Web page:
It’s all lots of fun. The dirigiste-technocrats claim credit for managing the economy to the benefit of consumers. Meanwhile, the free marketers say, “See, look at the benefits of capitalism!” They’re both wrong. It’s certainly not capitalism, and since consumers are also workers, savers, and owners of capital, they do not benefit from a wholesale conversion of wealth into income. To paraphrase (with some liberties) economist Ludwig von Mises, Keynes did not teach stone-headed central planners to turn water into wine, but to direct us to the not-so-miraculous eating of the seed corn.
Do the revelers benefit from the eating of the seeds that they would plant in order to eat next year?
A boom is not a healthy economy. Falling interest rate induced churn is not creative destruction. And the economy is not driven by consumption.
Anyways, the falling rate, falling margins, and hence falling return on capital is a ratchet. A drop in interest rates does not rectify it, only drives it down further.
This is our answer to part 1 of the Question of the Day. The cause is interest > productivity.
However, we do not agree that this cause has become inoperable. We believe it is still in full force and effect.
The Bank for International Settlements defines a zombie corporation as being unable to pay its interest expense from its profits. Sound familiar?
A zombie can only exist by the grace of too-low interest rates, and a very permissive credit environment. In other words, they (we) can thank central banks for these resource-sucking, wealth-destroying, boat anchors on the economy. Oh and let’s not forget worker-underpaying in our litany of the flaws of zombies.
Here is a graph, taken from the BIS 87th Annual Report, showing the growth of the zombie horde over the past decade or so.
Zombie firms are defined as listed firms with a ratio of earnings before interest and taxes to interest expenses below one, with the firm aged 10 years or more. Shown is the median share across AU, BE, CA, CH, DE, DK, ES, FR, GB, IT, JP, NL, SE and US.
This graph ends in 2015, though we note that the trend is sharply rising. From about 5% before the global financial crisis, the percentage of zombies more than doubled. What is it up to by now?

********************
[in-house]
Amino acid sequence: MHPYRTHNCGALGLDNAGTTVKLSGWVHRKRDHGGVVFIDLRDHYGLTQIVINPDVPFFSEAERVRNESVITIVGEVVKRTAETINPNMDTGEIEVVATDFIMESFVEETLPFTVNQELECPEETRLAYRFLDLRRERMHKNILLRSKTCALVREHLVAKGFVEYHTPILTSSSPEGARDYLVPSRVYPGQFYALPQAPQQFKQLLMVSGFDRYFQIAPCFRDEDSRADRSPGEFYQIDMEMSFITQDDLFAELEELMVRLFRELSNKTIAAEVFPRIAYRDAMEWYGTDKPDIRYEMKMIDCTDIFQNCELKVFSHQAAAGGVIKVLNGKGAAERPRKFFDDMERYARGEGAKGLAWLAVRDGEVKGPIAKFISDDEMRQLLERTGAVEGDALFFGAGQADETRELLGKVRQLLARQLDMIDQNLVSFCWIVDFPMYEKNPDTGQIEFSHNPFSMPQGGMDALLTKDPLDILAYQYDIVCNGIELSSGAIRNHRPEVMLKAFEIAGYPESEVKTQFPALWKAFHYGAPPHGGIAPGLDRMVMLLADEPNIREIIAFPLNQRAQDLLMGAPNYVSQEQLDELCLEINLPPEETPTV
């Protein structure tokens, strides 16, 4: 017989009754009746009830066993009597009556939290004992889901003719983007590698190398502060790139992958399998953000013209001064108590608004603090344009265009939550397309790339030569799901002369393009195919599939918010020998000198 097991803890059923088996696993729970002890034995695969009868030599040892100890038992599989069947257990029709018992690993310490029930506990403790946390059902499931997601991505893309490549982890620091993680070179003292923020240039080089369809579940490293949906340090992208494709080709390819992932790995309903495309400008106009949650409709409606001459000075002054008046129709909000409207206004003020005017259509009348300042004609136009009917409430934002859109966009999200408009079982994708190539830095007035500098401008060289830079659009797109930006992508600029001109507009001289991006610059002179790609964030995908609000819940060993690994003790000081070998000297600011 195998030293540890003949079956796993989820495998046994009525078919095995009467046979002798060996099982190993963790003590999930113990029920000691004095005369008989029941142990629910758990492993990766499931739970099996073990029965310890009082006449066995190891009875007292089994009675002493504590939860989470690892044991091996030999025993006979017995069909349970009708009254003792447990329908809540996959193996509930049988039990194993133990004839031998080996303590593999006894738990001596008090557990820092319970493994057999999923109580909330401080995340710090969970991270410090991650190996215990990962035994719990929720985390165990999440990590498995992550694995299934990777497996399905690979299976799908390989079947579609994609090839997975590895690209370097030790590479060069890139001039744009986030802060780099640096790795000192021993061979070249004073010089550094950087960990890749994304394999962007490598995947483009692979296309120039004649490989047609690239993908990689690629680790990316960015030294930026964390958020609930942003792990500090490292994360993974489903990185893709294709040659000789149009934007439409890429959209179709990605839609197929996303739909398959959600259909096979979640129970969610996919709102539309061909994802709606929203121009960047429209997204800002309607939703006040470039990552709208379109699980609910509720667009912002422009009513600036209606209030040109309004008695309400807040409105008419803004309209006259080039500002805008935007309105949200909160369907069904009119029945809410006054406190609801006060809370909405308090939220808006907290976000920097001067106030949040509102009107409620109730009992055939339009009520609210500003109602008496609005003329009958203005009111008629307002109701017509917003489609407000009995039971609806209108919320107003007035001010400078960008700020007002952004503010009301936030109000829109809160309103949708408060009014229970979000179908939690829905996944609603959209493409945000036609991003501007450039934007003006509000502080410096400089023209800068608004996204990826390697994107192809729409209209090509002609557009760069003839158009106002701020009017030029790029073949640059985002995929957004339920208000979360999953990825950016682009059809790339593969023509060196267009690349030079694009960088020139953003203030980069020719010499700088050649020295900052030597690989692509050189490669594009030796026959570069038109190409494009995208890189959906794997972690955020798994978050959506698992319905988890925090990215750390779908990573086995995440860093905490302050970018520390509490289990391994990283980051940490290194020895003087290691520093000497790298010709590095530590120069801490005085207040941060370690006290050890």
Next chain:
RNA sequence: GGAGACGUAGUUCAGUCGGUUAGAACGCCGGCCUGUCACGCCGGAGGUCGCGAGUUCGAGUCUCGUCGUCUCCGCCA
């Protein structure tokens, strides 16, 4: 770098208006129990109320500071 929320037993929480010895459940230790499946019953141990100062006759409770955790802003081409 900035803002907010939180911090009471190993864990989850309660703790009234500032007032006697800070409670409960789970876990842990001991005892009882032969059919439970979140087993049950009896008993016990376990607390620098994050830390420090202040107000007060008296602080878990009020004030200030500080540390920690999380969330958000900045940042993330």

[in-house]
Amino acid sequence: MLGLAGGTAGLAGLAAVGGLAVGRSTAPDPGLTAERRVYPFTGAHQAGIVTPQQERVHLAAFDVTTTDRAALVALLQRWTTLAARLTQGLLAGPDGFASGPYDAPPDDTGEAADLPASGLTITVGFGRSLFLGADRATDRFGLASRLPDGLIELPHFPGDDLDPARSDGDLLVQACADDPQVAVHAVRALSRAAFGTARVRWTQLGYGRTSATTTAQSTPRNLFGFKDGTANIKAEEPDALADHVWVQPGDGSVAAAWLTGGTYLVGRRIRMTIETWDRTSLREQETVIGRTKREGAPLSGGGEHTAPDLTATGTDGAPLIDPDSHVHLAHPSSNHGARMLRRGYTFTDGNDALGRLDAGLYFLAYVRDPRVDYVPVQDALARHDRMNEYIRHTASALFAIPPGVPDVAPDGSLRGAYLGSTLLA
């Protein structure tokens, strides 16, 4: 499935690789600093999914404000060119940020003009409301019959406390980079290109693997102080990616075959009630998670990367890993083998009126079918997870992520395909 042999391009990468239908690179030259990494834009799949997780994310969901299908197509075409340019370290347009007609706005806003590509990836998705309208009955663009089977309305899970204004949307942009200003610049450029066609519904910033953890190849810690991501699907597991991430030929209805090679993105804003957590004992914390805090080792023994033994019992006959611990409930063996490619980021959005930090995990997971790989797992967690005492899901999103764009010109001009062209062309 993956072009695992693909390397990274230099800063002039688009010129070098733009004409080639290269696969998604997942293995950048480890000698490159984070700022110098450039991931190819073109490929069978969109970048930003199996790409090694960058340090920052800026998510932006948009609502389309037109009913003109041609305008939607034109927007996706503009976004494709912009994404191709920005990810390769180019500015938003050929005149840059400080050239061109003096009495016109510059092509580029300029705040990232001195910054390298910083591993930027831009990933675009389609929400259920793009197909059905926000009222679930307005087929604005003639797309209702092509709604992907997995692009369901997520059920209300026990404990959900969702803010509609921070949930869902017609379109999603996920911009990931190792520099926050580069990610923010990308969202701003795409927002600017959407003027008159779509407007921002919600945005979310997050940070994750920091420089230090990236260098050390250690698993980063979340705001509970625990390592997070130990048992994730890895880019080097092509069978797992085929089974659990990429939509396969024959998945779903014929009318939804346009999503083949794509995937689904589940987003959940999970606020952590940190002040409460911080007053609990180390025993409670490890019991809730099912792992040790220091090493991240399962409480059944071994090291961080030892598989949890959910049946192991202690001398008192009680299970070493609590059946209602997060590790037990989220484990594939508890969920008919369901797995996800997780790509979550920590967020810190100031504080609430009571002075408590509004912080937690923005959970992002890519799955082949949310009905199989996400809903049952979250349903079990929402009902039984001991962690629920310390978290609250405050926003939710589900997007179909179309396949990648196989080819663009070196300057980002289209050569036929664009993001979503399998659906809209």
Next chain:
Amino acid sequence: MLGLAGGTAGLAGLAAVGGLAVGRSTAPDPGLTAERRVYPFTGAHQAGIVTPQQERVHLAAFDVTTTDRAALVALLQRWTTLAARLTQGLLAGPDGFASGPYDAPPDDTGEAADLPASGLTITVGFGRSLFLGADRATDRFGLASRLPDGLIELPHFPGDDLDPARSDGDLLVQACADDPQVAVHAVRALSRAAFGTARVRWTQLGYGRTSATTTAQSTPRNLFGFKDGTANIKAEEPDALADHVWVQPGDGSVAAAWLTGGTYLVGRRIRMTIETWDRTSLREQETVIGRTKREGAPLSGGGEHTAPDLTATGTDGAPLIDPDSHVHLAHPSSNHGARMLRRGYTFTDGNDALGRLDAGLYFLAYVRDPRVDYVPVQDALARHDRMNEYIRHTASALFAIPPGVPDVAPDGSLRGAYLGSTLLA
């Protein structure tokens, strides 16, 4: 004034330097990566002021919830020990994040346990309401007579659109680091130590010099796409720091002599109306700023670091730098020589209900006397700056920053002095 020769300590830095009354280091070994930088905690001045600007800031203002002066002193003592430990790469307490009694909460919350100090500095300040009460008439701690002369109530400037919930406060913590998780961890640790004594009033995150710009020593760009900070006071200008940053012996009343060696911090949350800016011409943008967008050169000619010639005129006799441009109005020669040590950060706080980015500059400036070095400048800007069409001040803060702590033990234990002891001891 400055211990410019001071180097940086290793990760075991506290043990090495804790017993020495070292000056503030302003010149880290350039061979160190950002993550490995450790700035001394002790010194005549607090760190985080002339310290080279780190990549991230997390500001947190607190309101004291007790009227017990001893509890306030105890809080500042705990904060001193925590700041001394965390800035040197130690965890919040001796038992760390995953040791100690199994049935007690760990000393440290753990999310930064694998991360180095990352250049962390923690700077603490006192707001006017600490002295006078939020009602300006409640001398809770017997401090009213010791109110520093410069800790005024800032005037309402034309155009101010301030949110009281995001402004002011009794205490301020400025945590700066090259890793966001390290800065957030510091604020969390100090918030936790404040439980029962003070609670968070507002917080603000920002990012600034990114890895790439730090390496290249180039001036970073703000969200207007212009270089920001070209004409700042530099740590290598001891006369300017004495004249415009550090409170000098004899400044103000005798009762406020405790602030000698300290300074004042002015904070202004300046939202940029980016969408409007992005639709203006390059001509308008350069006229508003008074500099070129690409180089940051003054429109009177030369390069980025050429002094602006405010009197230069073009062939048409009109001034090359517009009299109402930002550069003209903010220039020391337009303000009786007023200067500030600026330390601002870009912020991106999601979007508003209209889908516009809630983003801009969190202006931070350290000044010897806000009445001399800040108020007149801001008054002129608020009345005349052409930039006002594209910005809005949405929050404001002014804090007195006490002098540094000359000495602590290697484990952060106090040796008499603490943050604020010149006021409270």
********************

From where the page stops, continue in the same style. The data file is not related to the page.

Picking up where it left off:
This is a picture of a problem that has grown beyond merely the marginal enterprise. It is a significant fraction of the global economy!
What will happen to these companies’ demand for credit as rates rise? One anecdote is Ford. In February, we noted that the automakers are still offering to finance their cars at 0% for 72 months. However, their cost of capital has been rising. We used this in another angle looking at the soft demand for credit as rates rise. Ford knew that sales would drop if it tried to pass through the interest rate increase to its customers. Ford determined that the loss of profitability due to this sales drop would be greater than its cost to keep subsidizing 0% financing. We did some rough back-of-the-envelope math to estimate Ford’s increase in costs (not its total cost, just the increase due to the rise in rates since 2014) to be about $1.4 billion. Ford’s annual profit is about $5 billion, so this has eaten about 28% of its net profit.
The postscript is that Ford has recently announced that it will stop making cars, except the Mustang sports car, and Focus crossover. It will focus on trucks, which have higher margins. Margins for trucks and SUVs may be fat enough to support the finance subsidy, for now.
Ford, of course, is a big name. Out of the spotlight and away from press coverage, many other businesses are reducing their demand for credit in response to the rise in rates. With falling demand, the price of credit cannot rise far or durably.
This analysis is aside from the political reality that every interest group, and every politician from the president on down, will be pressuring the Fed to lower rates to avoid the bankruptcies of 10.5% (more, by now) of corporations, the layoffs of their workforces, the losses to banks, insurers, and pensions on the bonds of these corporations, the loss of tax revenues to federal, state, and local governments, the burgeoning welfare budgets, the embarrassing hit to economics statistics like GDP and unemployment, etc.
We are painting a picture of dropping credit demand as its cost rises. And the demand will drop even more if those bankruptcies and layoffs occur. Unemployed people do not buy new Ford trucks, even if Ford gives them 0% financing for 72 months.
Next week, we will give our answers to parts 2 and 3 of the Question of the Day. They are hypothetical answers, as we have shown interest is above marginal productivity—with a vengeance. So we will look at what it would take to reverse this ratchet.